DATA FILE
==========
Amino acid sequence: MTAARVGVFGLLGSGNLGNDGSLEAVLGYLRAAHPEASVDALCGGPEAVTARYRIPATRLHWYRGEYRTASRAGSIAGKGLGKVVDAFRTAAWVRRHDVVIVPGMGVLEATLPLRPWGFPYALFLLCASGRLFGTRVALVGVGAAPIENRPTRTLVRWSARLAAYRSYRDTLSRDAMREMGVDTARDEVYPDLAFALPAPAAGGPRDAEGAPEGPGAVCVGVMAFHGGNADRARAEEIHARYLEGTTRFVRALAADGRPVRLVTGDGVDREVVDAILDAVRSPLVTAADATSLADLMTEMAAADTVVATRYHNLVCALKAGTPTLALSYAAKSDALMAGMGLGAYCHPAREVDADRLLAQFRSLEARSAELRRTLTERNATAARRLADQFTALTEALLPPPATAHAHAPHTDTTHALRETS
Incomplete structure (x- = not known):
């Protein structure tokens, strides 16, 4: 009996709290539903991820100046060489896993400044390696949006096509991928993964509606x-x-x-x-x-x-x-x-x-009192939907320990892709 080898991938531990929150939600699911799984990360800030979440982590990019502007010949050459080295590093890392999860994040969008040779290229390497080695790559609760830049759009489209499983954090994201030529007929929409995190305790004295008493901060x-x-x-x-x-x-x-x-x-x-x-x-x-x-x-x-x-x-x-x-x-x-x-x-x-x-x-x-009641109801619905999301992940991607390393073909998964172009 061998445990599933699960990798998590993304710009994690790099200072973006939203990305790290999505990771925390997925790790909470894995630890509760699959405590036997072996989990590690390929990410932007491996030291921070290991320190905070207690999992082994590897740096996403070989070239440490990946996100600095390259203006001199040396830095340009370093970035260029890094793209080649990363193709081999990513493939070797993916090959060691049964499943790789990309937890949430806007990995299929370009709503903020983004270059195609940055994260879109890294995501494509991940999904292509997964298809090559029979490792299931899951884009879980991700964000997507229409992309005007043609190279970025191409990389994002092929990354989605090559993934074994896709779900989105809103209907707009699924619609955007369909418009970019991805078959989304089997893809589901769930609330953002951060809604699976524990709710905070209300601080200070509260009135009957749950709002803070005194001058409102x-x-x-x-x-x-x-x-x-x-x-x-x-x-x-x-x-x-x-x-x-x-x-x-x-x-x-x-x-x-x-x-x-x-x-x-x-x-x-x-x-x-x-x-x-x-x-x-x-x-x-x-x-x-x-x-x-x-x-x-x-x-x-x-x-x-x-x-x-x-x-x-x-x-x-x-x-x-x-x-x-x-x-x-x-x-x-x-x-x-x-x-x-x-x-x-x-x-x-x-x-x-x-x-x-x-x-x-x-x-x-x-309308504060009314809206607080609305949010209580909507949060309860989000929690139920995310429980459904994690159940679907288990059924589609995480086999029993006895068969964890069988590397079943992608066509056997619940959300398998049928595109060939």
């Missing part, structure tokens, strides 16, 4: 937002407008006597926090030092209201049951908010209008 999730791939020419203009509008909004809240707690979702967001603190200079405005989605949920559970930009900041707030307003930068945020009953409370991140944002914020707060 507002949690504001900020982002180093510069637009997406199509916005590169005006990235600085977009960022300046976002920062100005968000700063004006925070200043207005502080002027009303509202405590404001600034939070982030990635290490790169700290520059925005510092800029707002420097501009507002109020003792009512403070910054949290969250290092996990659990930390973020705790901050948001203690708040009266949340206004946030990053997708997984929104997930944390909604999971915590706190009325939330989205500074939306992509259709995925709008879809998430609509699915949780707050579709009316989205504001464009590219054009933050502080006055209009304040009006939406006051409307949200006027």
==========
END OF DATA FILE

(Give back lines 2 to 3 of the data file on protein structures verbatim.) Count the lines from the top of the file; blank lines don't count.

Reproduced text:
Incomplete structure (x- = not known):
């Protein structure tokens, strides 16, 4: 009996709290539903991820100046060489896993400044390696949006096509991928993964509606x-x-x-x-x-x-x-x-x-009192939907320990892709 080898991938531990929150939600699911799984990360800030979440982590990019502007010949050459080295590093890392999860994040969008040779290229390497080695790559609760830049759009489209499983954090994201030529007929929409995190305790004295008493901060x-x-x-x-x-x-x-x-x-x-x-x-x-x-x-x-x-x-x-x-x-x-x-x-x-x-x-x-009641109801619905999301992940991607390393073909998964172009 061998445990599933699960990798998590993304710009994690790099200072973006939203990305790290999505990771925390997925790790909470894995630890509760699959405590036997072996989990590690390929990410932007491996030291921070290991320190905070207690999992082994590897740096996403070989070239440490990946996100600095390259203006001199040396830095340009370093970035260029890094793209080649990363193709081999990513493939070797993916090959060691049964499943790789990309937890949430806007990995299929370009709503903020983004270059195609940055994260879109890294995501494509991940999904292509997964298809090559029979490792299931899951884009879980991700964000997507229409992309005007043609190279970025191409990389994002092929990354989605090559993934074994896709779900989105809103209907707009699924619609955007369909418009970019991805078959989304089997893809589901769930609330953002951060809604699976524990709710905070209300601080200070509260009135009957749950709002803070005194001058409102x-x-x-x-x-x-x-x-x-x-x-x-x-x-x-x-x-x-x-x-x-x-x-x-x-x-x-x-x-x-x-x-x-x-x-x-x-x-x-x-x-x-x-x-x-x-x-x-x-x-x-x-x-x-x-x-x-x-x-x-x-x-x-x-x-x-x-x-x-x-x-x-x-x-x-x-x-x-x-x-x-x-x-x-x-x-x-x-x-x-x-x-x-x-x-x-x-x-x-x-x-x-x-x-x-x-x-x-x-x-x-x-309308504060009314809206607080609305949010209580909507949060309860989000929690139920995310429980459904994690159940679907288990059924589609995480086999029993006895068969964890069988590397079943992608066509056997619940959300398998049928595109060939």